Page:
WASHINGTON (Reuters) - New York State Attorney General Andrew Cuomo took a widening campaign to clean up the student loan business to Washington on Wednesday, urging Congress to reform student financial aid and accusing the Bush administration of being “asleep at the switch.”
The son of former Gov. Mario Cuomo told lawmakers that criminal charges may result from investigations he is pursuing into questionable ties between banks that lend money to college students and individual university financial aid officers.
Cuomo and fellow Democrats in Congress, along with other state attorneys general, are racing ahead of federal regulators in an examination of links between lenders and colleges, which critics say pose conflicts of interest or worse.
Investigators have said some college aid officers took payments and perks from lenders in exchange for placing the companies on “preferred lender” lists shown to students.
“There is a possibility of criminal charges in some of the cases we are investigating,” said Cuomo, 49, at a House Education and Labor Committee hearing.
Cuomo criticized the Bush administration, saying Secretary of Education Margaret Spellings “has defaulted on her obligation” to oversee the $85 billion student loan industry.
“The failure of the Department of Education to pass adequate regulations is disappointing and irresponsible ... the (department) has been asleep at the switch.” he said.
Cuomo was secretary of housing and urban development under President Bill Clinton. He became New York’s top cop late last year and is moving quickly to carry on the crusading style of his predecessor, Eliot Spitzer, now the state’s governor.
Secretary Spellings said in a statement that she shares Cuomo’s concerns about lender practices, but she said his remarks were ill-informed. “The U.S. Department of Education takes its role as steward of federal financial aid very seriously,” she said.
She added that the department has taken steps to tighten oversight. Earlier this week, Spellings created an internal task force to work on new student loan regulations.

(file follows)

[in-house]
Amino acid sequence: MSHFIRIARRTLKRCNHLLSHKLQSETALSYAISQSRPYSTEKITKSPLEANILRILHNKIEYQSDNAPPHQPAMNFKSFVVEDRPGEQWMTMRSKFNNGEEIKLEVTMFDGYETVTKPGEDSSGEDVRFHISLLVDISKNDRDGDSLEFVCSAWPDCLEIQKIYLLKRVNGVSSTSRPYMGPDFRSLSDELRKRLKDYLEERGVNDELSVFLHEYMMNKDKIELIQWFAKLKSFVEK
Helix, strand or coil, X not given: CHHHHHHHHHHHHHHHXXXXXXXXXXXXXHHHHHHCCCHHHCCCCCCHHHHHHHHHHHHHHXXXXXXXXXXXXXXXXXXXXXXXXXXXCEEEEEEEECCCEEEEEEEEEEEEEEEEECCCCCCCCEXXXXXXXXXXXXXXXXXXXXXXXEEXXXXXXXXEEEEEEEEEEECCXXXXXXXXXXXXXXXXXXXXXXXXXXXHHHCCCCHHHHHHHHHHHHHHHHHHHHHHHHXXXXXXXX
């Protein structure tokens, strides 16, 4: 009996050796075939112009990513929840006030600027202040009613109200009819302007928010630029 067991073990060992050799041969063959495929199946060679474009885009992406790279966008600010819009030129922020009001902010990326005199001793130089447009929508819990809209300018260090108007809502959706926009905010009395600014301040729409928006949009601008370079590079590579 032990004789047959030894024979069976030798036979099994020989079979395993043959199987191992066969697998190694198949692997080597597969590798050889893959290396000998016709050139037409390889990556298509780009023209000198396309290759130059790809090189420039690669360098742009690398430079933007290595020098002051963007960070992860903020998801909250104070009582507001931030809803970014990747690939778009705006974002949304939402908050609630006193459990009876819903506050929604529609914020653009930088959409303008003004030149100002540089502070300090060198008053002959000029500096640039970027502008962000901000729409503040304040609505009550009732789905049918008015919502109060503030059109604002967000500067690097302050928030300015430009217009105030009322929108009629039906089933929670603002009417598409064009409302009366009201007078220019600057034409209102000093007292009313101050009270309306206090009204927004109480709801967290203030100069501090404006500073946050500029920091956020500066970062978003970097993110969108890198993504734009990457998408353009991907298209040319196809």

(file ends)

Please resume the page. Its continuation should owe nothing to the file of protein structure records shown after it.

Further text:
But California Democratic Rep. George Miller said the Education Department should be doing more. He called on Spellings last week to undertake “emergency reforms.”
Both Miller and California Rep. Howard McKeon, the education committee’s top Republican, have introduced legislation to overhaul the student loan system. Kennedy is working on a package of reforms in the Senate.
Spellings has agreed to testify before the House education committee, which Miller chairs, on May 10.
Separately, Massachusetts Democratic Sen. Edward Kennedy on Wednesday asked Spellings for files and public financial disclosure reports for 27 Education Department employees.
The chairman of the Senate education committee said in a statement that “information has recently come to light which raises serious questions about the impartiality of political appointees working at the Department of Education.”
Earlier this month, a manager in the department’s financial aid office was put on leave pending a review of his ownership of stock in Education Lending Group Inc., former parent of Student Loan Xpress, now a unit of CIT Group.
As Cuomo’s inquiry has progressed, lenders -- including Citigroup, Sallie Mae, JPMorgan Chase & Co., and Bank of America Corp. -- have agreed to abide by a code of conduct recommended by the attorney general. It bans school-lender financial ties, “preferred lender” list payments, and lender gifts to college employees.
In a related matter on Wednesday, the New York State Senate passed a bill barring lenders from making gifts to universities in exchange for privileged treatment. The bill has yet to be approved by the state assembly.
Additional reporting by Christian Plumb in New York